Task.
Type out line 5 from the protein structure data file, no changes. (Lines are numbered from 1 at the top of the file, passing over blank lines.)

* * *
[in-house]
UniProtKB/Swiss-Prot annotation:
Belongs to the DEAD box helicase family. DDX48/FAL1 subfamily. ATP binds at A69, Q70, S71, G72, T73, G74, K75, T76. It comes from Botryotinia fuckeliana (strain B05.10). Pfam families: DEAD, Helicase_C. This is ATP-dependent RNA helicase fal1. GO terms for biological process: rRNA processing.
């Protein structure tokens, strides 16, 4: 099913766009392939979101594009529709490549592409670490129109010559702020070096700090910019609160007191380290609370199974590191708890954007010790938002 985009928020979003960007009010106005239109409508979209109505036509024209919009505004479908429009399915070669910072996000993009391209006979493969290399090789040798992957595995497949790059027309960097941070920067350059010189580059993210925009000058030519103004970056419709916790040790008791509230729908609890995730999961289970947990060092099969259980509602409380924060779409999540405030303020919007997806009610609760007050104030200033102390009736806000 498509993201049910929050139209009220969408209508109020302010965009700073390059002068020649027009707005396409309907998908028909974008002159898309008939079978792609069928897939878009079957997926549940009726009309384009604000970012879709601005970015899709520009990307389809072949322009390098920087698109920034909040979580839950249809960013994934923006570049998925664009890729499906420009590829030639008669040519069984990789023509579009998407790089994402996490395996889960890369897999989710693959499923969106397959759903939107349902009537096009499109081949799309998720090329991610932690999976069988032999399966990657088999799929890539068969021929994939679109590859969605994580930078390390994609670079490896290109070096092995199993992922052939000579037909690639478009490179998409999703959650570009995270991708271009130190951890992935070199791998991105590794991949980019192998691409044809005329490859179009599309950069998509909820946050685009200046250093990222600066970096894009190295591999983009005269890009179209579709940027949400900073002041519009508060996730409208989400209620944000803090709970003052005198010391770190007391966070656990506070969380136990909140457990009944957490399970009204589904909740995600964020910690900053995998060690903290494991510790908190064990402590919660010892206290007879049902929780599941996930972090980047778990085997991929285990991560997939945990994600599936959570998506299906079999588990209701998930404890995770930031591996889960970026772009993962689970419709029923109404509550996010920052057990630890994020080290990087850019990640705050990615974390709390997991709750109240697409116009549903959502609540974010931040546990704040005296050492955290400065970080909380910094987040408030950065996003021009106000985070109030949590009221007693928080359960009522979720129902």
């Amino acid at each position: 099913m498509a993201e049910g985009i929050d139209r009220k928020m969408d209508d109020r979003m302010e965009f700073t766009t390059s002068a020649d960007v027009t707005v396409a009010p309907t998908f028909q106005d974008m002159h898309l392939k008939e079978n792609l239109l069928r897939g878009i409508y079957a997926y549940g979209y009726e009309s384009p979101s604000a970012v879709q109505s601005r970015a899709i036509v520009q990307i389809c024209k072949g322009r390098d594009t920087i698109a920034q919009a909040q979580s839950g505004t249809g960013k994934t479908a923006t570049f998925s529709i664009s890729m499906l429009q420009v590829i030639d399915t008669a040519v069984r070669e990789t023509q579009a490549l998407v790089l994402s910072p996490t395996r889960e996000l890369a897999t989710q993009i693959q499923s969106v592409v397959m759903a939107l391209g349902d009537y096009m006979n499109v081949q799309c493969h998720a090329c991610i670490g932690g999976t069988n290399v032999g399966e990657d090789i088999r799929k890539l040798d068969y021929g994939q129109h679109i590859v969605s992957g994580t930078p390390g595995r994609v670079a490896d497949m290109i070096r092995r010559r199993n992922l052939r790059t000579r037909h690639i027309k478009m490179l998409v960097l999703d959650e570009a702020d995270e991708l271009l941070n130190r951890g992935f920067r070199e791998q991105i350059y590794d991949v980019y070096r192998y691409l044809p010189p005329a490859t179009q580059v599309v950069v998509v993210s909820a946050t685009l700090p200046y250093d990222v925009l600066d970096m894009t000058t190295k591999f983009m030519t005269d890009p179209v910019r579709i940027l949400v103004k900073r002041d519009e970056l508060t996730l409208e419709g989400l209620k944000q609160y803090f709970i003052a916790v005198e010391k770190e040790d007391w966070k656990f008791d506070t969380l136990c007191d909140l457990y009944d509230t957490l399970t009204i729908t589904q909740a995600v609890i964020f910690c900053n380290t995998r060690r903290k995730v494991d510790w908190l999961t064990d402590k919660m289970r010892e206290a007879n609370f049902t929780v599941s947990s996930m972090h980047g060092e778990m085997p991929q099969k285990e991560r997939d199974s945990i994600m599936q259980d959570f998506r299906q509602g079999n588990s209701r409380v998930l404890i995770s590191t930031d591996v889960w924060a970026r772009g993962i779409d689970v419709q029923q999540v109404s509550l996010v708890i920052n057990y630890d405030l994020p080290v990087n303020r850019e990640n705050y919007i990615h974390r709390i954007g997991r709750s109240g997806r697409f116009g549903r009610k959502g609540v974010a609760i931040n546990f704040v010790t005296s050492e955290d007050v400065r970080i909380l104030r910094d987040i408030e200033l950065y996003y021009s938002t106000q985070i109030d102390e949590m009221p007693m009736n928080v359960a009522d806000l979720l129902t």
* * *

């Amino acid at each position: 099913m498509a993201e049910g985009i929050d139209r009220k928020m969408d209508d109020r979003m302010e965009f700073t766009t390059s002068a020649d960007v027009t707005v396409a009010p309907t998908f028909q106005d974008m002159h898309l392939k008939e079978n792609l239109l069928r897939g878009i409508y079957a997926y549940g979209y009726e009309s384009p979101s604000a970012v879709q109505s601005r970015a899709i036509v520009q990307i389809c024209k072949g322009r390098d594009t920087i698109a920034q919009a909040q979580s839950g505004t249809g960013k994934t479908a923006t570049f998925s529709i664009s890729m499906l429009q420009v590829i030639d399915t008669a040519v069984r070669e990789t023509q579009a490549l998407v790089l994402s910072p996490t395996r889960e996000l890369a897999t989710q993009i693959q499923s969106v592409v397959m759903a939107l391209g349902d009537y096009m006979n499109v081949q799309c493969h998720a090329c991610i670490g932690g999976t069988n290399v032999g399966e990657d090789i088999r799929k890539l040798d068969y021929g994939q129109h679109i590859v969605s992957g994580t930078p390390g595995r994609v670079a490896d497949m290109i070096r092995r010559r199993n992922l052939r790059t000579r037909h690639i027309k478009m490179l998409v960097l999703d959650e570009a702020d995270e991708l271009l941070n130190r951890g992935f920067r070199e791998q991105i350059y590794d991949v980019y070096r192998y691409l044809p010189p005329a490859t179009q580059v599309v950069v998509v993210s909820a946050t685009l700090p200046y250093d990222v925009l600066d970096m894009t000058t190295k591999f983009m030519t005269d890009p179209v910019r579709i940027l949400v103004k900073r002041d519009e970056l508060t996730l409208e419709g989400l209620k944000q609160y803090f709970i003052a916790v005198e010391k770190e040790d007391w966070k656990f008791d506070t969380l136990c007191d909140l457990y009944d509230t957490l399970t009204i729908t589904q909740a995600v609890i964020f910690c900053n380290t995998r060690r903290k995730v494991d510790w908190l999961t064990d402590k919660m289970r010892e206290a007879n609370f049902t929780v599941s947990s996930m972090h980047g060092e778990m085997p991929q099969k285990e991560r997939d199974s945990i994600m599936q259980d959570f998506r299906q509602g079999n588990s209701r409380v998930l404890i995770s590191t930031d591996v889960w924060a970026r772009g993962i779409d689970v419709q029923q999540v109404s509550l996010v708890i920052n057990y630890d405030l994020p080290v990087n303020r850019e990640n705050y919007i990615h974390r709390i954007g997991r709750s109240g997806r697409f116009g549903r009610k959502g609540v974010a609760i931040n546990f704040v010790t005296s050492e955290d007050v400065r970080i909380l104030r910094d987040i408030e200033l950065y996003y021009s938002t106000q985070i109030d102390e949590m009221p007693m009736n928080v359960a009522d806000l979720l129902t």